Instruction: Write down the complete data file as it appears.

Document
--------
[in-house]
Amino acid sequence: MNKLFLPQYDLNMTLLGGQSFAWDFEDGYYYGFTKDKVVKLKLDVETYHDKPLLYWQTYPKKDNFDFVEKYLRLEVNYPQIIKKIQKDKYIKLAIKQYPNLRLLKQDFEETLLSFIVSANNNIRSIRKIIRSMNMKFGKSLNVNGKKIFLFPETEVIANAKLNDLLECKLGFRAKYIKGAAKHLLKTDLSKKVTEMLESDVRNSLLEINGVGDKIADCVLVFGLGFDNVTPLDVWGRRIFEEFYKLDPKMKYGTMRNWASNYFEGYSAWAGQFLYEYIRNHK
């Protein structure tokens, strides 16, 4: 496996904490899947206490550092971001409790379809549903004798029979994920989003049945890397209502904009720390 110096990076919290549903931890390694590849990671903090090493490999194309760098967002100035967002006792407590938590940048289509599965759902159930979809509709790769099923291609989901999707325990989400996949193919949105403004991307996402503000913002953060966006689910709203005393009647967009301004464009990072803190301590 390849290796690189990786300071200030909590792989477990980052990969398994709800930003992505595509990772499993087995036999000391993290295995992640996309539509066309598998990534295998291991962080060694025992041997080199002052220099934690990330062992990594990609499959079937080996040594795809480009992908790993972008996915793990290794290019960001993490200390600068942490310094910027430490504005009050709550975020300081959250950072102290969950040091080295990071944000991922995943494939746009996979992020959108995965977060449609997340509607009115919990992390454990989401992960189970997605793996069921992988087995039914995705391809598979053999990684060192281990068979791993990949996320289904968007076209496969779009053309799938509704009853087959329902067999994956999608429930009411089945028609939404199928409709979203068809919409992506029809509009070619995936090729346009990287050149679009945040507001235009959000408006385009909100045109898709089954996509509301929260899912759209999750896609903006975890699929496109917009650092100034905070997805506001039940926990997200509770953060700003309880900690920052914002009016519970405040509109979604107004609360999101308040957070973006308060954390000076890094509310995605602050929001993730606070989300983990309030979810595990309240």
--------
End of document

[in-house]
Amino acid sequence: MNKLFLPQYDLNMTLLGGQSFAWDFEDGYYYGFTKDKVVKLKLDVETYHDKPLLYWQTYPKKDNFDFVEKYLRLEVNYPQIIKKIQKDKYIKLAIKQYPNLRLLKQDFEETLLSFIVSANNNIRSIRKIIRSMNMKFGKSLNVNGKKIFLFPETEVIANAKLNDLLECKLGFRAKYIKGAAKHLLKTDLSKKVTEMLESDVRNSLLEINGVGDKIADCVLVFGLGFDNVTPLDVWGRRIFEEFYKLDPKMKYGTMRNWASNYFEGYSAWAGQFLYEYIRNHK
């Protein structure tokens, strides 16, 4: 496996904490899947206490550092971001409790379809549903004798029979994920989003049945890397209502904009720390 110096990076919290549903931890390694590849990671903090090493490999194309760098967002100035967002006792407590938590940048289509599965759902159930979809509709790769099923291609989901999707325990989400996949193919949105403004991307996402503000913002953060966006689910709203005393009647967009301004464009990072803190301590 390849290796690189990786300071200030909590792989477990980052990969398994709800930003992505595509990772499993087995036999000391993290295995992640996309539509066309598998990534295998291991962080060694025992041997080199002052220099934690990330062992990594990609499959079937080996040594795809480009992908790993972008996915793990290794290019960001993490200390600068942490310094910027430490504005009050709550975020300081959250950072102290969950040091080295990071944000991922995943494939746009996979992020959108995965977060449609997340509607009115919990992390454990989401992960189970997605793996069921992988087995039914995705391809598979053999990684060192281990068979791993990949996320289904968007076209496969779009053309799938509704009853087959329902067999994956999608429930009411089945028609939404199928409709979203068809919409992506029809509009070619995936090729346009990287050149679009945040507001235009959000408006385009909100045109898709089954996509509301929260899912759209999750896609903006975890699929496109917009650092100034905070997805506001039940926990997200509770953060700003309880900690920052914002009016519970405040509109979604107004609360999101308040957070973006308060954390000076890094509310995605602050929001993730606070989300983990309030979810595990309240």